Phase 3 of ENCODE project offers new insights into our DNA
July 31, 2020 (Huntsville, Ala.) – For nearly two decades, researchers at HudsonAlpha Institute for Biotechnology, along with collaborators at CalTech, Penn State, and UC Irvine, have been trying to understand how the human genome functions. As members of the Encyclopedia of DNA Elements (ENCODE) Project, a worldwide effort to understand how the human genome functions, they have been tirelessly performing experiments and data analysis to elucidate the importance of the 98% of the genome that does not code for proteins.
During phase 3 of the ENCODE Project, consortium researchers drew closer to their goal of developing a comprehensive map of the functional elements of human and mouse genomes by adding to the ENCODE database millions of candidate DNA switches that regulate when and where genes are turned on.
Results, including a manuscript from the Myers and Mendenhall labs at HudsonAlpha, were published on July 30 as a 9-manuscript compendium in the scientific journal Nature, accompanied by 21 additional in-depth studies published in other major journals.
All of our cells (with a few small exceptions) contain the same two full copies of our genome. However, in order for the more than 200 different cell types in our body to perform different functions, not all of the genes can be active (or expressed) in every cell type. Transcription factor proteins control gene expression by binding to short stretches of DNA that serve as on/off switches for genes.
As part of the ENCODE 3 Project, HudsonAlpha researchers, along with their collaborators, performed the largest study of transcription factors expressed at physiological, or normal, levels to date.
“Understanding the genomic targets of transcription factors is vitally important to understand many aspects of biology, including gene regulation, development, and to help identify the biological mechanisms of many diseases and disorders,” said Chris Partridge, PhD, senior scientist at HudsonAlpha and co-first author of the study, along with PhD student Surya Chhetri.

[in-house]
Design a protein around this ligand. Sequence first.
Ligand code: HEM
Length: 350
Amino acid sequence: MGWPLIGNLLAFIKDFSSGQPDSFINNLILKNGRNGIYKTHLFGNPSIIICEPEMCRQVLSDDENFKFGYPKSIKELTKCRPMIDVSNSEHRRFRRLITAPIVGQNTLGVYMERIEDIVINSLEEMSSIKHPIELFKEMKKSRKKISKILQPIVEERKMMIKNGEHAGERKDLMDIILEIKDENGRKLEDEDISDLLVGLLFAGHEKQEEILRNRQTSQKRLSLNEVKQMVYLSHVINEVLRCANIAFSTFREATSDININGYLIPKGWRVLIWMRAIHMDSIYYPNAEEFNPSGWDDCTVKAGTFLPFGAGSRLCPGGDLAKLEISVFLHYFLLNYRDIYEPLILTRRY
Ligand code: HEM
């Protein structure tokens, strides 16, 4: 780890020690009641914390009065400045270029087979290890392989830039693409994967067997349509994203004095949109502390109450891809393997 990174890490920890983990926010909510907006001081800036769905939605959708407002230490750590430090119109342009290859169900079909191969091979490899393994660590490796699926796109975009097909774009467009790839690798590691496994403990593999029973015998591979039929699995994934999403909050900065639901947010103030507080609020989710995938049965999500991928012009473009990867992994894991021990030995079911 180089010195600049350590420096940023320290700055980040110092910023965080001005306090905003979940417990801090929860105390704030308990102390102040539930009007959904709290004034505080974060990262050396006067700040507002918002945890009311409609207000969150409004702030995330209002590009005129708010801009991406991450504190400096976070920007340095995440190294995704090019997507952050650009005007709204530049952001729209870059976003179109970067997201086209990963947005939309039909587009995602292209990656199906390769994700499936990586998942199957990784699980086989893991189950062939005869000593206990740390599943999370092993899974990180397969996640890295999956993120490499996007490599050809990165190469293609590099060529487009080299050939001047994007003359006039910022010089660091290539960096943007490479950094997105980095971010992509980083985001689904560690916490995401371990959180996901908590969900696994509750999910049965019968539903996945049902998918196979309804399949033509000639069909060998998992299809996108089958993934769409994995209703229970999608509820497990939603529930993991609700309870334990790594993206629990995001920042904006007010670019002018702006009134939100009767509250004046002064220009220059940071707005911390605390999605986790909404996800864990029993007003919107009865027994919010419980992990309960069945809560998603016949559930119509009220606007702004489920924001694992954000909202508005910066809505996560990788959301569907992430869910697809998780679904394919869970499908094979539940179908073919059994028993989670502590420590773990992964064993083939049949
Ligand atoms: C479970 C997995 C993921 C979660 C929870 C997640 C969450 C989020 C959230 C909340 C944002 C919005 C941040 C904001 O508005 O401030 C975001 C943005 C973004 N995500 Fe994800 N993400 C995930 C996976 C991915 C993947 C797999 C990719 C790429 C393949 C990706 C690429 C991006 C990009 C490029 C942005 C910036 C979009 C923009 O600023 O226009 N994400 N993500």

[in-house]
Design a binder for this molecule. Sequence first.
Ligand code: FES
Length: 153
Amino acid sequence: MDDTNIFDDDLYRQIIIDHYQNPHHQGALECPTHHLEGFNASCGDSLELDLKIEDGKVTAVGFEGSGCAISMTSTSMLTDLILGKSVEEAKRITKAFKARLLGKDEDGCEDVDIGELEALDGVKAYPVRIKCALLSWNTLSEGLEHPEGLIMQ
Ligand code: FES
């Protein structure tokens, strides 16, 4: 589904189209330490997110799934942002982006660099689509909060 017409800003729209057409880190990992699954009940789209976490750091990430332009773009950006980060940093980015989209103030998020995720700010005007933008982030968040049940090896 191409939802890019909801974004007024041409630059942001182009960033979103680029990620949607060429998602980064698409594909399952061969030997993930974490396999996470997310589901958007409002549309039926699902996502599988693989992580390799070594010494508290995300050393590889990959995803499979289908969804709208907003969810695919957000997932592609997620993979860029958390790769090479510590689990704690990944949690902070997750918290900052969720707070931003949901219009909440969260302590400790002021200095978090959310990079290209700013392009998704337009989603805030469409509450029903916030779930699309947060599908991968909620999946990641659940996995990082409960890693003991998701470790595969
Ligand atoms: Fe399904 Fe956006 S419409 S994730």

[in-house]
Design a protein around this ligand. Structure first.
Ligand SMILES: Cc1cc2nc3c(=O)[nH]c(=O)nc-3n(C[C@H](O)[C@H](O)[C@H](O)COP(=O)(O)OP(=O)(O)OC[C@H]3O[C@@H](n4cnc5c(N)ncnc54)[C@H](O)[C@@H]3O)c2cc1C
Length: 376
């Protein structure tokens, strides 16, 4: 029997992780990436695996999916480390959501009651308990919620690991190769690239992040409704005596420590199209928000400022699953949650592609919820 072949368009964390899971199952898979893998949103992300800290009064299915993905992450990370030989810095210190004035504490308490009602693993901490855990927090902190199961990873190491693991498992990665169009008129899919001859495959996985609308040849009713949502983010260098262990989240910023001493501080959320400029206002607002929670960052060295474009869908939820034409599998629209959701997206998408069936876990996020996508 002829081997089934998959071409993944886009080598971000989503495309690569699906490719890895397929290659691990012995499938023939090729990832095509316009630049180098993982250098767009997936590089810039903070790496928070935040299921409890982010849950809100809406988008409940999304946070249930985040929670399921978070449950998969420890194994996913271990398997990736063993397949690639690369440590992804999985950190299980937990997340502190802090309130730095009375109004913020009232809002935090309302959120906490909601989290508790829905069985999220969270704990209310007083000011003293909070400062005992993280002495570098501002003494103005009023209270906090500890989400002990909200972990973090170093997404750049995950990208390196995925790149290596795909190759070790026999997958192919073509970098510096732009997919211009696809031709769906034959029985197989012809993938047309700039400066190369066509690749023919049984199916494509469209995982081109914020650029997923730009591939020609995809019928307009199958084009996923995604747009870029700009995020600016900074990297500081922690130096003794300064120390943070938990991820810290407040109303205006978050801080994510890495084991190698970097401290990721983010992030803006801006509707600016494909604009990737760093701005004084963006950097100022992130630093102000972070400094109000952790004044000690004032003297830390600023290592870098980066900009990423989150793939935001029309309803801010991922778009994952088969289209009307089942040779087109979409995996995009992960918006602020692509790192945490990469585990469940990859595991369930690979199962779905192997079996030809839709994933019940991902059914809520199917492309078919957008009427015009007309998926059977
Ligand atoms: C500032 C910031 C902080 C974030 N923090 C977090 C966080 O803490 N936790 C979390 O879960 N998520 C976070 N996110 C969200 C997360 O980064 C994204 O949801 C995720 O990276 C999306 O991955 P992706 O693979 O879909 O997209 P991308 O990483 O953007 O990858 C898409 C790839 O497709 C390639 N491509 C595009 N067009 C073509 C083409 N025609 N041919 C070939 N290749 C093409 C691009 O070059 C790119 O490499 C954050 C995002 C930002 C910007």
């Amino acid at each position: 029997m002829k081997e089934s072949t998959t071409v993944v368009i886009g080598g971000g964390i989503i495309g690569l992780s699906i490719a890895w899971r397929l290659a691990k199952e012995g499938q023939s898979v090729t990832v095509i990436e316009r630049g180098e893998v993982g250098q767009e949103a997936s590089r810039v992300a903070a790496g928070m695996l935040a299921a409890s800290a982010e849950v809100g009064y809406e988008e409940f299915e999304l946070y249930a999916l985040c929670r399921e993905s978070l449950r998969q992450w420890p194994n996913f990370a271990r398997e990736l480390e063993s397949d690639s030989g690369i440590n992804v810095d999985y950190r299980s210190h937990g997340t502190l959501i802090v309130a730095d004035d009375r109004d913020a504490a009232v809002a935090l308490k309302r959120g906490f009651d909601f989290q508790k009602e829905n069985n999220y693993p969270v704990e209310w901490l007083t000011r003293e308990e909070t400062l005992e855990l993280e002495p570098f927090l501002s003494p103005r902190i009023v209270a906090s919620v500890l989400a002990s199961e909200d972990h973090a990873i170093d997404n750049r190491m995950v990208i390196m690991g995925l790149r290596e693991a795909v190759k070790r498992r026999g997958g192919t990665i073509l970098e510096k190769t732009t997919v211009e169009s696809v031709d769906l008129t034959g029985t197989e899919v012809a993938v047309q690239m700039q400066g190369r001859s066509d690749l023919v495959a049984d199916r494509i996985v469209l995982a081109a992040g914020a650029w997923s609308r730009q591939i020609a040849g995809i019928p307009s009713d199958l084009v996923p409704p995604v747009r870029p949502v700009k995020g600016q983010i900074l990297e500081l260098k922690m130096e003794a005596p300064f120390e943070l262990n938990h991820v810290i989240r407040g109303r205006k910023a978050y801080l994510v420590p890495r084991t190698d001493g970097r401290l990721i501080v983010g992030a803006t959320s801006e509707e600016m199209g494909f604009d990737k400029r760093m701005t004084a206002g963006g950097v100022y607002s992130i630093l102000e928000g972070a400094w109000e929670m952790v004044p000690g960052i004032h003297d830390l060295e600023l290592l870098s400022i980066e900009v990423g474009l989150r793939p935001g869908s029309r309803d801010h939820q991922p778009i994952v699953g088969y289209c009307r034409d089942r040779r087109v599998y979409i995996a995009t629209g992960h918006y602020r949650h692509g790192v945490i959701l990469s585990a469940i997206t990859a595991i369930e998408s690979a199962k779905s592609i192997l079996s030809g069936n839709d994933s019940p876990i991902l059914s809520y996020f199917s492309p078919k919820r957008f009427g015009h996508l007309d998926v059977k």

By analyzing such a large group of transcription factors, the researchers were able to identify novel associations between transcription factors, elaborate on their spatial interactions on DNA, and distinguish between those that interact with promoters and those that interact with enhancers in the genome.
In addition to the ambitious efforts to understand the human genome, a key hallmark of the Project is the complete and rapid open access availability of data generated by members of the ENCODE consortium, which has led to more than 2,000 publications from non-ENCODE researchers who used data generated by the ENCODE Project.
Rick Myers, PhD, President, Science Director, and M. A. Loya Chair in Genomics at HudsonAlpha, whose lab has been a member of the ENCODE Consortium since its inception in 2003, says that he is proud of the long-term and wide-reaching collaborative nature of the Project.
“One thing we learned working on the Human Genome Project is that huge endeavors like the ENCODE Project work much more efficiently when research groups coordinate their efforts, particularly because ENCODE’s charge is to generate a resource of data, materials and results that are meant to be used by the entire research and biomedical community,” said Myers. “Another thing we recognized early on is that making the data freely available to everyone on a weekly basis, prior to publication and with no strings attached, allows researchers everywhere to make advances in their research much faster than would otherwise be possible.”
This collaborative effort also included HudsonAlpha researchers Mark Maciewicz, Kim Newberry, Sarah Meadows, Laurel Brandsmeier, Megan McEown, Amy Nesmith, Rosy Nguyen, Luke Messer, Ryne Ramaker, Andrew Hardigan, and Dan Savic.
To learn more about the ENCODE Project, you can listen to Myers talk about ENCODE3 and the history of the project on a podcast released by Nature.
About HudsonAlpha: HudsonAlpha Institute for Biotechnology is a nonprofit institute dedicated to developing and applying scientific advances to health, agriculture, learning, and commercialization. Opened in 2008, HudsonAlpha’s vision is to leverage the synergy between discovery, education, medicine, and economic development in genomic sciences to improve the human condition around the globe. The HudsonAlpha biotechnology campus consists of 152 acres nestled within Cummings Research Park, the nation’s second largest research park. The state-of-the-art facilities co-locate nonprofit scientific researchers with entrepreneurs and educators. HudsonAlpha has become a national and international leader in genetics and genomics research and biotech education and fosters more than 40 diverse biotech companies on campus. To learn more about HudsonAlpha, visit hudsonalpha.org.